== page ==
More than 30 young children from the University of the District of Columbia Lab School and the Barbara Chambers Children’s Center of Washington, D.C., many of them English language learners, attended the event, along with their teachers, parents, and education professionals.

HITN Coloring (cropped)

A preschooler colors his vehicle as part of his journey to Baby Bird’s birthday party. (Photo courtesy of HITN/Rodrigo Sanchez)

Through a series of hands-on activities, the children and adults engaged in a rich variety of experiences based on ELC’s English language development transmedia PlayGround called “Things That Go.” The PlayGround includes non-digital and digital materials, Web-based games, and the PlaySet— ELC’s tablet-based app.

This transmedia approach develops pathways to early learning through play and multiple, interconnected platforms that include storybooks, puzzles, picture/word games, as well as Web-based games and highly engaging digital apps. In 2013, ELC launched the pilot phase of its transmedia preschool learning PlayGround and tablet-based PlaySet at the Newseum (see this OII home page article for more information).

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OII Staff Celebrate and Connect With America’s Teachers

They didn’t go bearing apples, but tidings of appreciation nonetheless for the important work teachers do in preparing students for college and careers. As part of its contribution to Teacher Appreciation Week (May 5-9, 2014), the U.S. Department of Education took teacher appreciation to another level by “respecting through understanding” during its third annual ED Goes Back to School. On May 6th, 70 ED staff members — eight from OII — shadowed teachers throughout the country in order to better understand their work and the challenges teachers and their students encounter on the road to making America’s public education system the best it can be.

For ED headquarters staff, the day is an opportunity to see firsthand how principles of effective teaching and learning translate from the likes of grant applications to the classrooms of teachers in the D.C. metro area.

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Tadpoles and Children and Teaching! Oh My!

As part of Teacher Appreciation Week, I had the privilege of participating in ED Goes Back to School and shadowing kindergarten teacher Debbie D’Addario at McKinley Elementary School in Arlington, Va. My experience left me with a lasting impression of just how challenging it is to be an effective teacher and with a renewed appreciation for the people who step up to a teaching career.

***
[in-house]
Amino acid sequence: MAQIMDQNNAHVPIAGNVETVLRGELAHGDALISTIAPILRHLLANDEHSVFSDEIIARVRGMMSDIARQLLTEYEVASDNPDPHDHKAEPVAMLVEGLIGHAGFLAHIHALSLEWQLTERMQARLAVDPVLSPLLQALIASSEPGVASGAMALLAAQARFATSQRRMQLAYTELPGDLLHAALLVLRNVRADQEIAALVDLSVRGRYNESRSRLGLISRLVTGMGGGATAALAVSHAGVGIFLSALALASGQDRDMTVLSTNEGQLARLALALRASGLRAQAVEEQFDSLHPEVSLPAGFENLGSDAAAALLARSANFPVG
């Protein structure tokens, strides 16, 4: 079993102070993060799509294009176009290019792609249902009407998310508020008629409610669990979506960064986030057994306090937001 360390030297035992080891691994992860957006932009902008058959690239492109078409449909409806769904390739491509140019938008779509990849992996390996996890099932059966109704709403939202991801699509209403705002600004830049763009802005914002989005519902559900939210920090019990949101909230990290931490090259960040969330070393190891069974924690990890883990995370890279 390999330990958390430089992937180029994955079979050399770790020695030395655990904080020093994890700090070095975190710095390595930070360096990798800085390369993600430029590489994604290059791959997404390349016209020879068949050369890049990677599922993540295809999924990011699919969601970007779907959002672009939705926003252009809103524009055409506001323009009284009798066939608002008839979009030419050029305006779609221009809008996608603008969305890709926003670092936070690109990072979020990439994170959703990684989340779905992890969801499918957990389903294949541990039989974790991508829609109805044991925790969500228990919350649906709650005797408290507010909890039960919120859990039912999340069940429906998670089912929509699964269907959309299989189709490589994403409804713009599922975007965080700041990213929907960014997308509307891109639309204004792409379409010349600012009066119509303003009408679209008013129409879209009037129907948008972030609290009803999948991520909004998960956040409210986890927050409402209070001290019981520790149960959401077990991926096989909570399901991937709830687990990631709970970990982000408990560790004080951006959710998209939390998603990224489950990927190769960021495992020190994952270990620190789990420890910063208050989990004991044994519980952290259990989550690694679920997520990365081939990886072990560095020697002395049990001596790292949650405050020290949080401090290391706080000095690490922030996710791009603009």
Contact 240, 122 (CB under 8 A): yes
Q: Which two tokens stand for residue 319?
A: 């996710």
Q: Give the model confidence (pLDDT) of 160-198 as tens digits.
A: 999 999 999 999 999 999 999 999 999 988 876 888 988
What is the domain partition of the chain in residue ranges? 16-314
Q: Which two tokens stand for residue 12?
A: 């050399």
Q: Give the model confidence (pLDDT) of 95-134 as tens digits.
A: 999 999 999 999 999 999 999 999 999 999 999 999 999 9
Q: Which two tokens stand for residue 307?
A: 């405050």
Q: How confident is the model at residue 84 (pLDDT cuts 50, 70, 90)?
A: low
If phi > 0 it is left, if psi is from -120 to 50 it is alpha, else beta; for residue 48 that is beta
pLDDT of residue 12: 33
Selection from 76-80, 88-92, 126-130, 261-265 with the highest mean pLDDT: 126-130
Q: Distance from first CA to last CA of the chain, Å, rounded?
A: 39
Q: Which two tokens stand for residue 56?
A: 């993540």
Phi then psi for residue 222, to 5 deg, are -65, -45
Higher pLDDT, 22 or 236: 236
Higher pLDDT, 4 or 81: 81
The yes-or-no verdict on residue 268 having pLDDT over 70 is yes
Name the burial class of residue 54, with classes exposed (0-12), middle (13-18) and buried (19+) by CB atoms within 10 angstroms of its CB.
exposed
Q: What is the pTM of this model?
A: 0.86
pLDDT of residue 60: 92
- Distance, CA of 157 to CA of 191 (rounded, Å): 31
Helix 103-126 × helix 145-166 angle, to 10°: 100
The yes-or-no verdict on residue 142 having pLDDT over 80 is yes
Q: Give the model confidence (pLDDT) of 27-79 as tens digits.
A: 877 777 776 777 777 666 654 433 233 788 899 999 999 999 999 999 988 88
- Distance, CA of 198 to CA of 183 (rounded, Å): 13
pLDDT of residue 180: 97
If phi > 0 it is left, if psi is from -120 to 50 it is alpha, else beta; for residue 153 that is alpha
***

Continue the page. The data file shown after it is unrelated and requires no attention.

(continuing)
In Ms. D’Addario’s classroom, when the morning bell rang, five-year olds who had been patiently lined up outside filed into the classroom one-by-one, systematically marked their attendance, turned in their homework, and sat in their assigned seats. I was immediately impressed by the routine Ms. D’Addario had established in her classroom. Next, everyone gathered on the carpet in the front of the room for a song about the class rules, which students sang and danced, reinforcing the expectations for the day in a fun and memorable way. We were then ready for our first activity!

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What You Get When You Mix Arts with Science

It was a classic “win-win” on display when Secretary Duncan visited a preschool classroom at Brightwood Elementary School in Northwest Washington, D.C., recently. The children were learning concepts in science through music and dance. Nationally, in many schools and districts science is not taught in the elementary grades, much less in preschool. And based on a recent Department of Education report on arts education, in many places, particularly urban school districts, the arts are missing as well in early learning.

Teacher Kalpana Kumar-Sharma and her students make arts and science connections through music. (Department of Education photo by Leslie Williams)

Teacher Kalpana Kumar-Sharma and her students make arts and science connections through music. (Department of Education photo by Leslie Williams)